4. [Candidates are advised to copy this problem into Word and separate it into the numbered paragraphs] 1. You are instructed by the partners of Avarice Solicitors LLP (“Avarice”). 2. Avarice was instructed by Buildit Limited (“Buildit”), a building contractor, regarding its claim against WLD Limited (“WLD”). 3. Buildit says it is owed £75,000 for building works performed on WLD’s new head office. WLD says there are defects in the completed works, which will cost at least £75,000 to correct and has therefore refused to make any further payments. 4. Avarice, however, is not a firm which specialises in building claims. Avarice therefore retained specialist counsel, Mr Cursory, to advise on the merits of the claim. Avarice did so at its own expense and informed Mr Cursory of this funding arrangement. 5. Mr Cursory advised that WLD’s set-off was likely to succeed such that any claim by Buildit would be extinguished by the set-off counterclaim. Avarice subsequently adopted that advice and relayed it to Buildit, which therefore instructed Avarice to negotiate an early settlement with WLD. Settlement was thereafter achieved without the need to commence court proceedings. 6. It now appears that the advice given by Mr Cursory was legally incorrect: the true position is that WLD’s set-off/counterclaim was likely to have failed and Buildit’s fee claim would probably have succeeded. 7. Avarice says that had Mr Cursory advised non-negligently then Buildit would have instructed Avarice to pursue WLD for the outstanding sum of £75,000 and defend any set-off/counterclaim raised by WLD. 8. As a consequence, Avarice says it has lost the fees it would have earned from Buildit for the work referred to in the preceding paragraph, which it estimates at £50,000. 9. There is a written agreement between Avarice and Mr Cursory. The relevant terms are: Clause 1, headed ‘Definitions’: “the ‘Lay Client’ means the Solicitor’s client for whose benefit or on behalf of whom the Barrister is instructed by the Solicitor to supply the Services.” “the ‘Services’ means the legal services supplied or to be supplied by the Barrister in connection with the case pursuant to the instructions provided by the Solicitor and otherwise in accordance with the Agreement” “the ‘Solicitor’ means Avarice Solicitors LLP” Clause 2, headed ‘Skill and Care’: “the Barrister will exercise reasonable skill and care in supplying the Services” Clause 3, headed ‘Benefit of the Barrister’s Services’:“Unless otherwise agreed in writing, the Barrister’s Services are provided to the Solicitor as the Barrister’s client, acting for the benefit of the Lay Client and it is agreed that each owes a primary duty to the Lay Client.” Clause 4, headed ‘Liability’: “The Barrister is not liable for any loss or damage suffered by any persons, firm or partnerships other than the Lay Client and the Solicitor” 10. How would you argue a case that Mr Cursory should be liable to Avarice in respect of the fees it would have charged Buildit had Mr Cursory correctly advised that WLD’s counterclaim was unlikely to succeed? Please consider whether (a) there is a potential claim under the terms of the written agreement between Avarice and Mr Cursory and (b) whether Avarice may be able to advance an argument at common law. 11. Please concentrate on the legal issues rather than exposition of the facts or the authorities. You are asked only to consider the following case: McFarland-Cruickshanks v England Kerr Hands Solcitors [2021] 4 WLR (available for free on bailii https://www.bailii.org/ew/cases/EWHC/Comm/2021/525.html) (750 words)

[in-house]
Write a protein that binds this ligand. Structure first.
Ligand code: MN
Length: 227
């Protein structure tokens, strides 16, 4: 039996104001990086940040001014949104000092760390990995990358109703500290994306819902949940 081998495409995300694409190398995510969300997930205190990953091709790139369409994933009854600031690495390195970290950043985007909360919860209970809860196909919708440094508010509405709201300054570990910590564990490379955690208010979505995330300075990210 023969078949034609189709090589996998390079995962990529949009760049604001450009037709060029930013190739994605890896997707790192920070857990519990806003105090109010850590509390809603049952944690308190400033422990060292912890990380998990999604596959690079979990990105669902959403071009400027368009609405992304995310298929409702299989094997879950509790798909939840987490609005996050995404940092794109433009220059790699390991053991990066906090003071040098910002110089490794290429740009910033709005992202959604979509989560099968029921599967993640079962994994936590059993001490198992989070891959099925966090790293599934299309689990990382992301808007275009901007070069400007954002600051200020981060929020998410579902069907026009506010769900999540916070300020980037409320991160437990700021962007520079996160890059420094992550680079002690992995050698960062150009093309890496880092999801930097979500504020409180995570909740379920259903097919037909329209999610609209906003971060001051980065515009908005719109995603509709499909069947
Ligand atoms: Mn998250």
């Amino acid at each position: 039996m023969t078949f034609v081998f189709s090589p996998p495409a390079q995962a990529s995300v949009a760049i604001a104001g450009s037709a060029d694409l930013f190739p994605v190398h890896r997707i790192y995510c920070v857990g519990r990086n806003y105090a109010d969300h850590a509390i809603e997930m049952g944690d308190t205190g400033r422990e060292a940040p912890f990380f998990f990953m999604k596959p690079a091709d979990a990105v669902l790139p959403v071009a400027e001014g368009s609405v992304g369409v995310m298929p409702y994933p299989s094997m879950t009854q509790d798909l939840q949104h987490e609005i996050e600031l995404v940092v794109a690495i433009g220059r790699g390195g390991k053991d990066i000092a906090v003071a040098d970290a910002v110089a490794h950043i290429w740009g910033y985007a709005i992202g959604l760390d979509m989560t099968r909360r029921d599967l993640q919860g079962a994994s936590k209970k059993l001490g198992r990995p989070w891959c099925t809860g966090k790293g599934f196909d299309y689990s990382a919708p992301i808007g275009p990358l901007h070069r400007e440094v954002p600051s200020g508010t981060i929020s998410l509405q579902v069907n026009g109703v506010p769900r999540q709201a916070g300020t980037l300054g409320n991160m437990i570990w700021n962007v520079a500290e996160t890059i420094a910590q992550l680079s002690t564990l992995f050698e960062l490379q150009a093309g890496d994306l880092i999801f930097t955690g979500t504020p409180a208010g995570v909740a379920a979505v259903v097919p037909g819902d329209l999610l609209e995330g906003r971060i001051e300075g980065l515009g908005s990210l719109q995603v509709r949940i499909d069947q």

How to apply
To apply, please click on the Apply Online link below and then complete the online application form.